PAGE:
Australians are struggling to get a good night’s rest – with almost two million Aussies affected by sleeping disorders or sleep apnoea in the past year, according to research released by Medibank1.
In addition, Medibank data shows the number of admissions for sleep studies2 has increased significantly, up more than 52 per cent since 2010.3
Medibank Medical Director, Dr Kevin Cheng, believes it’s important that Australians take into account how much sleep they’re getting when thinking of their overall health.
“Whilst fatigue and daytime sleepiness are common symptoms of sleep deprivation, many people aren’t aware of the adverse effects a lack of sleep can have on their overall health, brain and body function.”
“Sleep disorders and chronic sleep loss can put you at risk of heart disease, high blood pressure and diabetes. By embracing better sleep habits, you not only improve your overall health but also protect yourself from future illnesses,” said Dr Cheng.
Dr Cheng has provided his top six tips on how to get a better and more rejuvenating night’s sleep:
- Create an optimal sleeping environment. Adjust the room temperature to keep your body at a comfortable coolness so it will not disrupt your sleep. Sleeping in total darkness helps you fall asleep faster.
- Exercise regularly. Getting enough exercise daily will help develop a better night’s rest, making you fall asleep quickly with a deeper sleeping pattern.
- No smart phones allowed. Switch off all electronics. Using devices such as smart phones and iPads before bed can disrupt your sleep cycle. Put everything aside at least two hours before bed to get a restful sleep, including watching TV in bed.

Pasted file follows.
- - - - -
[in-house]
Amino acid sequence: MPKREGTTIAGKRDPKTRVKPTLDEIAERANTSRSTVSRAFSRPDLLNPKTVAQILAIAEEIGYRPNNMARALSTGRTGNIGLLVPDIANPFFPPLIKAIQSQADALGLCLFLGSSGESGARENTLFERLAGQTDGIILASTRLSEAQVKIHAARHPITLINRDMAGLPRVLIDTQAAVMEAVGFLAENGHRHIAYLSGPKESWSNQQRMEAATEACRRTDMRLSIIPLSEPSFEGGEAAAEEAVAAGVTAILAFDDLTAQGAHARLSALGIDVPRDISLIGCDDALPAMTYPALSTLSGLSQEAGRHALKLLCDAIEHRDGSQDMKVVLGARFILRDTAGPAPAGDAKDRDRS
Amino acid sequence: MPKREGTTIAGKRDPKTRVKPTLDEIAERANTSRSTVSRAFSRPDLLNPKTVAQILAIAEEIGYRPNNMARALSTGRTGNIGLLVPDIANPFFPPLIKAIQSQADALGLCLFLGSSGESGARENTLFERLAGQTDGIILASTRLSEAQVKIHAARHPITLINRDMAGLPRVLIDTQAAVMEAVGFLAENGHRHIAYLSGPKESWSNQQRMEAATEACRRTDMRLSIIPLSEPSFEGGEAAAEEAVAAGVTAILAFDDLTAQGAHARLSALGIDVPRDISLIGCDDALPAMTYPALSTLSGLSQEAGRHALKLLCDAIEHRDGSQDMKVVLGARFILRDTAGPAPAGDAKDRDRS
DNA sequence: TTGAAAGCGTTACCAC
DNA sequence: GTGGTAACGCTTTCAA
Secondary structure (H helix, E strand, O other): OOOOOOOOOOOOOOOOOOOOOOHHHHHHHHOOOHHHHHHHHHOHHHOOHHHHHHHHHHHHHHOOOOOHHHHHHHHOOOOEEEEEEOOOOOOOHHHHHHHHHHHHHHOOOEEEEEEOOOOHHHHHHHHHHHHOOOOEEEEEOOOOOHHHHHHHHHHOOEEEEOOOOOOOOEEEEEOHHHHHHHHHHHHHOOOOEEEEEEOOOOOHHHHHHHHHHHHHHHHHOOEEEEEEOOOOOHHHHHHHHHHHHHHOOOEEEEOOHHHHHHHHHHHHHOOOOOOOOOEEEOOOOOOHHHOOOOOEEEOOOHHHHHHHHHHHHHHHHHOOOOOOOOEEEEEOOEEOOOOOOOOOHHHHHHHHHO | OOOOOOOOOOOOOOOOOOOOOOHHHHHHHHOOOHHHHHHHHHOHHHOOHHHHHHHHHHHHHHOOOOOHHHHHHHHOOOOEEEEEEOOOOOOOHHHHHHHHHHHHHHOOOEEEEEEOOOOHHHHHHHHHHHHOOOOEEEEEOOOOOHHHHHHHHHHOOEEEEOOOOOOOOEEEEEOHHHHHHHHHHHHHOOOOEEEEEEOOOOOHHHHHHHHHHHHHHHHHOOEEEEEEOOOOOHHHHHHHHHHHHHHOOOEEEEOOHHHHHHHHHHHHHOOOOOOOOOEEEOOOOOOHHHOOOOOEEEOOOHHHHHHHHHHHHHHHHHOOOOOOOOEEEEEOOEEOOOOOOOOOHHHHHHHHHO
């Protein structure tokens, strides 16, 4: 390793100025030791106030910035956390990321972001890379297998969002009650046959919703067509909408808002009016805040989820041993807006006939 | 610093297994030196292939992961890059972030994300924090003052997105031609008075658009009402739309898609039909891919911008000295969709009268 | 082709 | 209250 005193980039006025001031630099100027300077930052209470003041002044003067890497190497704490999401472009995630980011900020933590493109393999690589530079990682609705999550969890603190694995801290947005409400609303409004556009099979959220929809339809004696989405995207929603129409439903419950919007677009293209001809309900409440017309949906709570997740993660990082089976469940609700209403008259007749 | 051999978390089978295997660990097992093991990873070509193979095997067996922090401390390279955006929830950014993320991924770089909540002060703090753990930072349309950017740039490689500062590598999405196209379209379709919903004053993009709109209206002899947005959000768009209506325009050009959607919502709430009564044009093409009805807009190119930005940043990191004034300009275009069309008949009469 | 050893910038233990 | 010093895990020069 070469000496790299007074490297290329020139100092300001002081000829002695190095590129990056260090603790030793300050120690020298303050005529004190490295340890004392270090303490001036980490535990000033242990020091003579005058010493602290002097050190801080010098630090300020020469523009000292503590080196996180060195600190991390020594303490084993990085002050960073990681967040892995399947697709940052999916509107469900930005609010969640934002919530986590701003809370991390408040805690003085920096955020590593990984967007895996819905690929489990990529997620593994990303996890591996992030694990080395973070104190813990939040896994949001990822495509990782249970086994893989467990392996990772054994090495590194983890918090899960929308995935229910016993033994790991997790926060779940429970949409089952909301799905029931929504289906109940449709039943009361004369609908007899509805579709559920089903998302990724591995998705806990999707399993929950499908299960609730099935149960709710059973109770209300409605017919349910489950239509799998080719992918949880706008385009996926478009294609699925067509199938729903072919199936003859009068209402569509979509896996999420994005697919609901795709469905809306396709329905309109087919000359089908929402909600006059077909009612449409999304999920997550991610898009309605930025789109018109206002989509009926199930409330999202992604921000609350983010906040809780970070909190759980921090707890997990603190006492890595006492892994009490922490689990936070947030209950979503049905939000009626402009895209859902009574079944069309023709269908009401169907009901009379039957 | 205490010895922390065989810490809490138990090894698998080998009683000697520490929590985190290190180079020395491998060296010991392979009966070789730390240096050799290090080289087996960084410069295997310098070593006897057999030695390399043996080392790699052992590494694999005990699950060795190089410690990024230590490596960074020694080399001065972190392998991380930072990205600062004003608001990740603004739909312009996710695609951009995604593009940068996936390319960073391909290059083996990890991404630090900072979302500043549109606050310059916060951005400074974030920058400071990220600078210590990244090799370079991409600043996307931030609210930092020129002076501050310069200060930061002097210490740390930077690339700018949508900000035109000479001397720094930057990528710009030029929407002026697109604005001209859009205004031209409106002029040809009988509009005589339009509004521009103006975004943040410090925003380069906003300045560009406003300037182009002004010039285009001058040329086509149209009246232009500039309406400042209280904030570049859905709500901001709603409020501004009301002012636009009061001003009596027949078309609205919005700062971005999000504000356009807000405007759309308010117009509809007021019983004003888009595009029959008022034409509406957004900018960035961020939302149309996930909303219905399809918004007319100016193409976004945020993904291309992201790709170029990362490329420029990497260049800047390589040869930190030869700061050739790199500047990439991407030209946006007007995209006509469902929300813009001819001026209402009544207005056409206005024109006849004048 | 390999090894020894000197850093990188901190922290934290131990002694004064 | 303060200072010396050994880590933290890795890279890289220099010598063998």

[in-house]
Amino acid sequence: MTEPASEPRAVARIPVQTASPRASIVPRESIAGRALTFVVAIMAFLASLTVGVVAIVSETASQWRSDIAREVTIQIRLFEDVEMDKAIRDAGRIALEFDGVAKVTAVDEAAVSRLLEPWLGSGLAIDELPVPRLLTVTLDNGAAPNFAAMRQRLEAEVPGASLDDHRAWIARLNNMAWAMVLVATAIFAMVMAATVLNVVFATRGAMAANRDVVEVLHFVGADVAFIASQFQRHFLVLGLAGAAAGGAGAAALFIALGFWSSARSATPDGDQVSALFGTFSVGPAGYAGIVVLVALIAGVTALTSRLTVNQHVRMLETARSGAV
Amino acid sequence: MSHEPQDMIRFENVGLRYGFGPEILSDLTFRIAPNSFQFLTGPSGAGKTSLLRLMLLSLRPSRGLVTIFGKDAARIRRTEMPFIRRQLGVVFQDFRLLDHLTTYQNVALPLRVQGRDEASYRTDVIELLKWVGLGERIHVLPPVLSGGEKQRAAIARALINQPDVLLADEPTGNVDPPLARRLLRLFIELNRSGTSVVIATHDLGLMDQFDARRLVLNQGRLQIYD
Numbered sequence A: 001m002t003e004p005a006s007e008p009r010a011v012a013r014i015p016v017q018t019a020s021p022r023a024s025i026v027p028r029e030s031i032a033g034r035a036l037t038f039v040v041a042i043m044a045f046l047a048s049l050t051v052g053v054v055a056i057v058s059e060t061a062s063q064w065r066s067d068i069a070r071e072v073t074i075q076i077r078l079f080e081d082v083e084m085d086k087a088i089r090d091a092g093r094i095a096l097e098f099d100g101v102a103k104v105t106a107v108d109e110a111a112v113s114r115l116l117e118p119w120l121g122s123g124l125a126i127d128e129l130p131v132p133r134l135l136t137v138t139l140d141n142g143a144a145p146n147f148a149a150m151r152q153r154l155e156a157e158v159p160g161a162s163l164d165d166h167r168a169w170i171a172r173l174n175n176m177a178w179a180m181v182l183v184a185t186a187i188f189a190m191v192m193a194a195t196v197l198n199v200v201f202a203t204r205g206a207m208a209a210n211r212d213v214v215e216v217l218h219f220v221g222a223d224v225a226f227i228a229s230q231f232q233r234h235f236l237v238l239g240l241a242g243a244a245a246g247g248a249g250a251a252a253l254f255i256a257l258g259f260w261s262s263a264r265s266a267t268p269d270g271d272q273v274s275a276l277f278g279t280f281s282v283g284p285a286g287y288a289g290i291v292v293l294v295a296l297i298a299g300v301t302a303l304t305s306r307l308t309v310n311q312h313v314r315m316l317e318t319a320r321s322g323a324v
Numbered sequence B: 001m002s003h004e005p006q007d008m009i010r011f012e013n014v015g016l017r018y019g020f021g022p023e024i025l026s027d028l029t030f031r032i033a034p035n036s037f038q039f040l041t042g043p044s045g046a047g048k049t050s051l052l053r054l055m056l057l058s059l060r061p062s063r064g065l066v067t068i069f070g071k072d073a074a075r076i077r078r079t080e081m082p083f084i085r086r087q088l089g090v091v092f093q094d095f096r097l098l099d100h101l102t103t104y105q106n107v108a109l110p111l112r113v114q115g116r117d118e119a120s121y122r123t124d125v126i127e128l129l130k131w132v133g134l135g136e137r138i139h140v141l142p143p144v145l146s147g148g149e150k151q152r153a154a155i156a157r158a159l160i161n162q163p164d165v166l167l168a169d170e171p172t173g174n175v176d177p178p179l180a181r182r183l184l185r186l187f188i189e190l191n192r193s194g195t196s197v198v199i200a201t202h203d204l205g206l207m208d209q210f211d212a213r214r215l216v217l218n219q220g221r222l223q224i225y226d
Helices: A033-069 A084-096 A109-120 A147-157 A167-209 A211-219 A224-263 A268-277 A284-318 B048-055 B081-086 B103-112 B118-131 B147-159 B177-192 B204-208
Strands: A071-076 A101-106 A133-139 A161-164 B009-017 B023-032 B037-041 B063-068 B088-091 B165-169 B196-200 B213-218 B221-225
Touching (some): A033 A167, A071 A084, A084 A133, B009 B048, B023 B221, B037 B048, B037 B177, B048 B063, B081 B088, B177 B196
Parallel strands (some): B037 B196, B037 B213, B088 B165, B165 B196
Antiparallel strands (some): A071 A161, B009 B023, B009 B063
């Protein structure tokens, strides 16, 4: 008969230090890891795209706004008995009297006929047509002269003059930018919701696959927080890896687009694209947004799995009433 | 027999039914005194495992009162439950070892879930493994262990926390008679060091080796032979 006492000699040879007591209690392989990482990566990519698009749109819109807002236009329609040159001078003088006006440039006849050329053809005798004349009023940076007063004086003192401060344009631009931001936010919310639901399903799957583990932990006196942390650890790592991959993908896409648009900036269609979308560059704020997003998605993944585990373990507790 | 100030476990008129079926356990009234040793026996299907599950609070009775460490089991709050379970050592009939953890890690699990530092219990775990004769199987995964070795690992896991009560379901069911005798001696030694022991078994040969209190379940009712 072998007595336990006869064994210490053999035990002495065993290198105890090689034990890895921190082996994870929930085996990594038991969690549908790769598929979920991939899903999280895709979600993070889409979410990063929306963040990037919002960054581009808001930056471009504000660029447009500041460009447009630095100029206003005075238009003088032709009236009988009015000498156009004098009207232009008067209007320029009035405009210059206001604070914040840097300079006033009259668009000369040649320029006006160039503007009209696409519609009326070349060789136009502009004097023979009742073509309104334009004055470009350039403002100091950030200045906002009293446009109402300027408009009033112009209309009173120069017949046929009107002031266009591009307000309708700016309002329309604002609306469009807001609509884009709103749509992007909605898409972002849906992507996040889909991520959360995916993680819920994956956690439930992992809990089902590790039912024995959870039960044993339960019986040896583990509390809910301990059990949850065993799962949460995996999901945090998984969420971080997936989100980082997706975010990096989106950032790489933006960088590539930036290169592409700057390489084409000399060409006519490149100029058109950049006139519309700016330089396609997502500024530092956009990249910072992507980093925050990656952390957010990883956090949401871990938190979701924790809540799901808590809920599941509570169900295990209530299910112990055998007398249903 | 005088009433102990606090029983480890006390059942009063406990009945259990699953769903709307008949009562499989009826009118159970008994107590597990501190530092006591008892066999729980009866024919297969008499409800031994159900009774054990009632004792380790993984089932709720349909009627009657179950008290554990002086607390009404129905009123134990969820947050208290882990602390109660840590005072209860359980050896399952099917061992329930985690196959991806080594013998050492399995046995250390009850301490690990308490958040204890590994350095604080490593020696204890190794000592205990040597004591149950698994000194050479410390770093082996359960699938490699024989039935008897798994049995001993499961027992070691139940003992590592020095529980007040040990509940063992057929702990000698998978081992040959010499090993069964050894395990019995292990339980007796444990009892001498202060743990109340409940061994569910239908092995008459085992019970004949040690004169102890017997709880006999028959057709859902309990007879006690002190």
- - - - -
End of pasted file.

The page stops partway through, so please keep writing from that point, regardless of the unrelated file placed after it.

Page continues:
- Reduce caffeine intake during the day and drink more water. Excessive caffeine intake might disrupt your sleep. Try and limit the intake to one or two cups per day, as caffeine shortens the phases of the sleep cycle. Instead, opt for water, as being hydrated will combat your thirst reflex at night.
- Meditate or relax. Meditation helps with problems of falling asleep by calming the mind. Practicing meditation during the day will help lower your stress levels, which will help you to fall asleep faster at night. Or try to relax by taking a bath, reading a book or listening to music.
- Keep to a regular time. Getting into bed at a set time helps regulate the body’s day / night rhythm.
“A good night’s rest is not only key to keeping your concentration and energy up, but also helps to keep the immune system strong,” Dr Cheng said.
“We’ve all experienced the consequences of not getting enough shut-eye. You’re not 100 per cent healthy unless you get at least 6-8 hours of good sleep per night. If you’re struggling, have a chat with your GP.”
Visit be.magazine for more health tips and how-to guides.
1. Roy Morgan (Sept14-Sept15), Sample of 50,279 Australians aged 14+
2. Sleep studies are usually undertaken to explore disturbed sleep which maybe a result of snoring and obstructed sleep apnoea. An increasing number of studies are also being undertaken for children to confirm that they snore and therefore need their tonsils removed.
3. MPL Hospital Claims Data July 2010 – June 2015